Santa Cruz Good Times

Oct 13th
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music_LYLBAudiafauna“None of us have ever played anything like this before,” singer Kelly Koval says of her five bandmates in Audiafauna and the surprising folktronica sound they’ve stumbled upon. “There’s no real lead instrument,” she continues. “It all just builds into one. We are one big instrument.” And as one big instrument, the 22-year-old and her cohorts are making one big impression. A fresh mosaic of acoustic strings, electronic soundscapes, dreamy vocals and brash hip-hop nuances, Audiafauna combines the classical with the cutting-edge—and it’s making plenty of ears perk up around town.

Less than a year old, the band is seducing audiences with a magnetic appeal that sinuously shifts between songs that can be playful or deeply moving; violin, cello, dobro and standup bass erupt against synth atmospherics, and beat box interjections play the foil to cherubic croons. This week, the sextet brings it all to the Kuumbwa Jazz stage on Friday, April 30, with Matador and Dustin St. Wright rounding out a night of intricate strings and solid songwriting. Since Koval’s warm yet brawny pipes provide the backbone for Audiafauna’s whimsical allure, it’s hard to imagine that before standing at the helm of this project she was a self-described “shy little choir girl.” Now, with a dynamic backing band, she’s creating a stir with her stage presence and sound that recently had onlookers defying weather and walls to get a glimpse. “We had people standing outside in the rain with their ears up to the glass,” Koval remembers in awe of the band’s sold out Crepe Place show in February. “The atmosphere was so connected, it was inspiring, and we really tried to involve the audience.” With a mix of 15 songs including the fragile ballad “Fallen,” the danceable rap of “Piana,” and the soulful gospel of “Goin’ There Strong,” the ensemble’s original repertoire, energetic and emotive, serves up something for every ear. Catch them before you’re left outside leaning up against the glass for a listen—and still lovin’ it.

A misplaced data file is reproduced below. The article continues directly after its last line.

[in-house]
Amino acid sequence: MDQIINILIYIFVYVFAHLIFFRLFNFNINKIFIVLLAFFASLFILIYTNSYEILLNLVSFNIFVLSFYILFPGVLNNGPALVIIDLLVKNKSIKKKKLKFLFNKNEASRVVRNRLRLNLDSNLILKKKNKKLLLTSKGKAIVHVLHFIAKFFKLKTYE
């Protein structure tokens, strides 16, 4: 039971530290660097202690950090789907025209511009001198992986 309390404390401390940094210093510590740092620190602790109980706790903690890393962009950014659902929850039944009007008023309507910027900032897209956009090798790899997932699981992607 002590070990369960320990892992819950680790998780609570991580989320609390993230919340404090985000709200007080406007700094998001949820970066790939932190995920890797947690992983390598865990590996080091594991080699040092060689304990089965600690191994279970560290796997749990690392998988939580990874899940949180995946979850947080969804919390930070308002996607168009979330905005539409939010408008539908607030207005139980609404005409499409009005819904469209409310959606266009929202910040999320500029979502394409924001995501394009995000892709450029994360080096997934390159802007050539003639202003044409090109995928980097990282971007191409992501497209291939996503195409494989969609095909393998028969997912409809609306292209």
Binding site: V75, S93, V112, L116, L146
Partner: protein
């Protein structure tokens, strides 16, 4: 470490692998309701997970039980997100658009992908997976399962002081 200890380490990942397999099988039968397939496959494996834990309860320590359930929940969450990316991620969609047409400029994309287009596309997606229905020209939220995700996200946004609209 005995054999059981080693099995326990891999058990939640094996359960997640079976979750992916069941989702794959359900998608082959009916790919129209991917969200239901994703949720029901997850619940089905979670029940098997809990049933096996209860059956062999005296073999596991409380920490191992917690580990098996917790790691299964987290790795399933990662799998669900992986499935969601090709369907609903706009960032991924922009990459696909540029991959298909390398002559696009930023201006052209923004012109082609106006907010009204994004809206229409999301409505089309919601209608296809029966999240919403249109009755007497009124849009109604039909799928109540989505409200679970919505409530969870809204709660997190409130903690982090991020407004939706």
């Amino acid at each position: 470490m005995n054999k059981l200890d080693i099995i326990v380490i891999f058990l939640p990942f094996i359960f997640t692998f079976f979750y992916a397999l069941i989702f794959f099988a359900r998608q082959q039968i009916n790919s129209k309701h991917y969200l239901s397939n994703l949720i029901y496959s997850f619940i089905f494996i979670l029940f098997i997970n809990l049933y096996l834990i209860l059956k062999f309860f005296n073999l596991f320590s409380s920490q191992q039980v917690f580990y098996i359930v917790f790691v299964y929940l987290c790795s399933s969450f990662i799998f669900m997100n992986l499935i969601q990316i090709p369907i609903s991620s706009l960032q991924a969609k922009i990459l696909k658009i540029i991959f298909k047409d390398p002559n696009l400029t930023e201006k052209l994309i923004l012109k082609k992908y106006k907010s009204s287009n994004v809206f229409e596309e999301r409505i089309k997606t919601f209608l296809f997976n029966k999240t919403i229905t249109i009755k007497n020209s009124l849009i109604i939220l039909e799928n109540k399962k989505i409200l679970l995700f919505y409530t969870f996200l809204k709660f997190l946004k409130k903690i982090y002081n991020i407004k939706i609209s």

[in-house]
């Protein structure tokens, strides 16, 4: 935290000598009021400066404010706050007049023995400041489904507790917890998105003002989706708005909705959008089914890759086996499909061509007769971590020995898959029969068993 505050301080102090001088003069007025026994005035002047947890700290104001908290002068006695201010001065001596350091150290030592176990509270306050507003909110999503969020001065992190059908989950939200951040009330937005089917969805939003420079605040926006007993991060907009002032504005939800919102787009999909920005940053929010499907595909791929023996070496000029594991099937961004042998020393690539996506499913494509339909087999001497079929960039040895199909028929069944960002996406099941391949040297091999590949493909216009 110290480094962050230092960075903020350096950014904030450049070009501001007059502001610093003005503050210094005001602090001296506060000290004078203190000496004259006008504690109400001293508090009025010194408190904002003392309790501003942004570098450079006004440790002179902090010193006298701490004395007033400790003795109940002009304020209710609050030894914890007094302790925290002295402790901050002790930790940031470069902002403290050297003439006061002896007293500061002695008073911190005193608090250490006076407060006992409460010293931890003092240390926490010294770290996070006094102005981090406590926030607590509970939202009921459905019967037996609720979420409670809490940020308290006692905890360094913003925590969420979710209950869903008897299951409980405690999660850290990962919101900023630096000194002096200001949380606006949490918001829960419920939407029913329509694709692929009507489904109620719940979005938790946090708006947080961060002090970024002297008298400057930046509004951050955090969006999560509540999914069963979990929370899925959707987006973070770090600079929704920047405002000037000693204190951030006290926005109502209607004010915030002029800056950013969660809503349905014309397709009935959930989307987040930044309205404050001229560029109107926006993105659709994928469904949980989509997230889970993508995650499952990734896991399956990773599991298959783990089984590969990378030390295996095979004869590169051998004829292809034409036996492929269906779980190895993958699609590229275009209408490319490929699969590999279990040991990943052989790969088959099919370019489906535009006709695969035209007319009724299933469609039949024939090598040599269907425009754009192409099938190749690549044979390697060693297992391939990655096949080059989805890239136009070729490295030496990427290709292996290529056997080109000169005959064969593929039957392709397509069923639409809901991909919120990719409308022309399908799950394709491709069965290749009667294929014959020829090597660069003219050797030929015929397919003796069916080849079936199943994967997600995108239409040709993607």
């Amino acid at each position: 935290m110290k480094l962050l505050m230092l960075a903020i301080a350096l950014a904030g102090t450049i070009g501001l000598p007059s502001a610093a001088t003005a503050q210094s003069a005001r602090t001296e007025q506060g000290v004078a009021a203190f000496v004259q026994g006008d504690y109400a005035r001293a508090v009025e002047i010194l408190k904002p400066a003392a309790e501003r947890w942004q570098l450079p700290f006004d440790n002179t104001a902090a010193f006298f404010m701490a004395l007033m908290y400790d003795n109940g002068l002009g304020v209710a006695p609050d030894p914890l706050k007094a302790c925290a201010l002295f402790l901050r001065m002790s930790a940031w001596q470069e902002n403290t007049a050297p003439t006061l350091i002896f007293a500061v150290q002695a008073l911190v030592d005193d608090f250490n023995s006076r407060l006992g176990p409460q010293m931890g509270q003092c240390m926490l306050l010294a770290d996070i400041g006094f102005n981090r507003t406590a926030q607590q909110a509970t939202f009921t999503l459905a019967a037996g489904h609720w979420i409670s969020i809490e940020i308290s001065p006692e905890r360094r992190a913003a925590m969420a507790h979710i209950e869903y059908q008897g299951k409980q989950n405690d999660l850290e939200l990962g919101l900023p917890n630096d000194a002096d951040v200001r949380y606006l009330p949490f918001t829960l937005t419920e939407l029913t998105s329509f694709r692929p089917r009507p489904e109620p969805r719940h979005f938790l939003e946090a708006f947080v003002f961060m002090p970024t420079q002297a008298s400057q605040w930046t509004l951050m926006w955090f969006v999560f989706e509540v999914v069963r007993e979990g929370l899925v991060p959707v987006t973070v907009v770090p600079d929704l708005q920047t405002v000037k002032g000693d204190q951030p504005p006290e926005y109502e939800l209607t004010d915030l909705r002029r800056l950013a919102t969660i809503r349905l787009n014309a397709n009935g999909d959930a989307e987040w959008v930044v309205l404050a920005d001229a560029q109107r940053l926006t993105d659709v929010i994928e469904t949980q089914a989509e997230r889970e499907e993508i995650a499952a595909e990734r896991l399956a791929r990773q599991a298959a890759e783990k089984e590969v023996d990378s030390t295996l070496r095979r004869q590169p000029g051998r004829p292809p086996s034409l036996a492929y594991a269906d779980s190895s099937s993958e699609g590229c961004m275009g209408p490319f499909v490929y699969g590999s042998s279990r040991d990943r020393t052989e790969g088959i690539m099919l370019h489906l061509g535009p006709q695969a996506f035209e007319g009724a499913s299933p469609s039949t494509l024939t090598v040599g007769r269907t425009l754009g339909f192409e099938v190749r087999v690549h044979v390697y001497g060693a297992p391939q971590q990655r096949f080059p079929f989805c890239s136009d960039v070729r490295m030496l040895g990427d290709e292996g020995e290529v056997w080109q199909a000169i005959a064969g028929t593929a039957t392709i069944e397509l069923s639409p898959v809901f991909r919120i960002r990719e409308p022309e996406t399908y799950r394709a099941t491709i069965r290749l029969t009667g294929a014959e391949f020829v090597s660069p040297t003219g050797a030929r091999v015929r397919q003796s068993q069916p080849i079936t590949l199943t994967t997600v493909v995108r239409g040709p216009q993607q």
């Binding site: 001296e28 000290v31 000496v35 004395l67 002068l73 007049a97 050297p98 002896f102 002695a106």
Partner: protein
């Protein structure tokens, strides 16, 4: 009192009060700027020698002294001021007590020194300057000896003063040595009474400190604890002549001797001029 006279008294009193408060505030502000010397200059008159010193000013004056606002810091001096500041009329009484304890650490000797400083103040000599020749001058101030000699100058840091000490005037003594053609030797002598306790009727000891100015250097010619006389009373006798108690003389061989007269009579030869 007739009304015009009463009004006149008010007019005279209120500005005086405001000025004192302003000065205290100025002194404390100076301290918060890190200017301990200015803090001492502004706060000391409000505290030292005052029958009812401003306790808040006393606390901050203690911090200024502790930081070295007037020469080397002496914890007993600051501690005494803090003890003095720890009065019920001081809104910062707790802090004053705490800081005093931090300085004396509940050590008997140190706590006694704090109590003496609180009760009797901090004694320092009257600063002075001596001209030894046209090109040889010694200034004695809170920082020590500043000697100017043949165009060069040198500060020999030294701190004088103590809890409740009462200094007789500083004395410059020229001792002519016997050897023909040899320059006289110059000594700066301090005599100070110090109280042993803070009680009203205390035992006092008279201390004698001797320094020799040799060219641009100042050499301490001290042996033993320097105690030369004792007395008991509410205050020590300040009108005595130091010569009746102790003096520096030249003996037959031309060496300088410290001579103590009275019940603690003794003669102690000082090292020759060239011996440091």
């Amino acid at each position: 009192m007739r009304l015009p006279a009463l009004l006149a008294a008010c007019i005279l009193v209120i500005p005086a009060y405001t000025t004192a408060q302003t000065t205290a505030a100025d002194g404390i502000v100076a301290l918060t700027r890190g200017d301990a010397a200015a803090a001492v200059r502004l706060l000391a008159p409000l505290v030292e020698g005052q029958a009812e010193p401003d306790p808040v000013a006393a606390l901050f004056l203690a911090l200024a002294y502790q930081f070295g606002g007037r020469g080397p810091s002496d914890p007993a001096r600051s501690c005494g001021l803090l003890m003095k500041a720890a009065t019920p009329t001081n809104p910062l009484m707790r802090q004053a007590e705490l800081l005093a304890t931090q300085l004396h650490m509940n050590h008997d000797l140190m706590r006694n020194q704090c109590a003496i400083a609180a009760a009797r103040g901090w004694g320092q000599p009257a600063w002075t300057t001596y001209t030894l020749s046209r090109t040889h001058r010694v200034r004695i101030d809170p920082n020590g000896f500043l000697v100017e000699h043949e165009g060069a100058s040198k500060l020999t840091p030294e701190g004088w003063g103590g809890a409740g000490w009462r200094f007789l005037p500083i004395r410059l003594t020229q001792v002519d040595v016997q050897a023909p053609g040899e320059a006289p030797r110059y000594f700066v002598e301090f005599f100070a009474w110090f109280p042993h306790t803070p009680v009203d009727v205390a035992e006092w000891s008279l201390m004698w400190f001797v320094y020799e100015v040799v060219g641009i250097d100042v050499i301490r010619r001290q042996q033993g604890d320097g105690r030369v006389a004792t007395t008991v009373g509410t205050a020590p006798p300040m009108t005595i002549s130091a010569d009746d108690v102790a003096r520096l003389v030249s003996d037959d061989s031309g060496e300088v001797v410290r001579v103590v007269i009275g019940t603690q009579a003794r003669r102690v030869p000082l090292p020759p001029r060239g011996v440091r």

INFO: 8 p.m. Friday, April 30. Kuumbwa Jazz, 320-2 Cedar St., Santa Cruz. $10. 427-2227.
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Mercury completes its retrograde Friday, poised stationary direct Friday evening at zero degrees Libra. Mercury begins its journey through Libra once again, completing its retrograde shadow Oct. 12. Things should be a bit less complicated by then. Daily life works better, plans move forward, large purchases can be made, and communication eases. Everything on hold during the retrograde is slowly released. Since we eliminated all thoughts and ideas no longer needed (the purpose of Mercury’s retrograde) during the retrograde, we can now gather new information—until the next retrograde occurs on Jan. 5, 2016 (1.3 degrees Aquarius), retrograding back to 15 degrees Capricorn on Jan. 25. It’s good to know beforehand when Mercury will retrograde next—Jan. 5, the day before Epiphany. On Monday is Columbus Day, when the sailor from Genoa arrived in the new lands (Americas), Oct. 12, 1492. This discovery by Columbus was the first encounter of Europeans with Native Americans. Other names for this day are “Discovery Day, Day of the Americas, Cultural Diversity Day, Indigenous People’s Day, and Dia de la Raza.” Italian communities especially celebrate this day. Oct. 12 is also Thanksgiving Day in Canada. Monday is also the (19 degrees) Libra new moon festival. Libra’s keynote while building the personality is, “Let choice be made.” Libra is the sign of making life choices. Often under great tension of opposing forces seeking harmony and balance. There is a battle between our lower (personality) and higher selves (soul). We are tested and called to cultivate right judgment and love. When we align with the will-to-good, right choice, then right judgment and love/wisdom come forth. Our tasks in Libra. 


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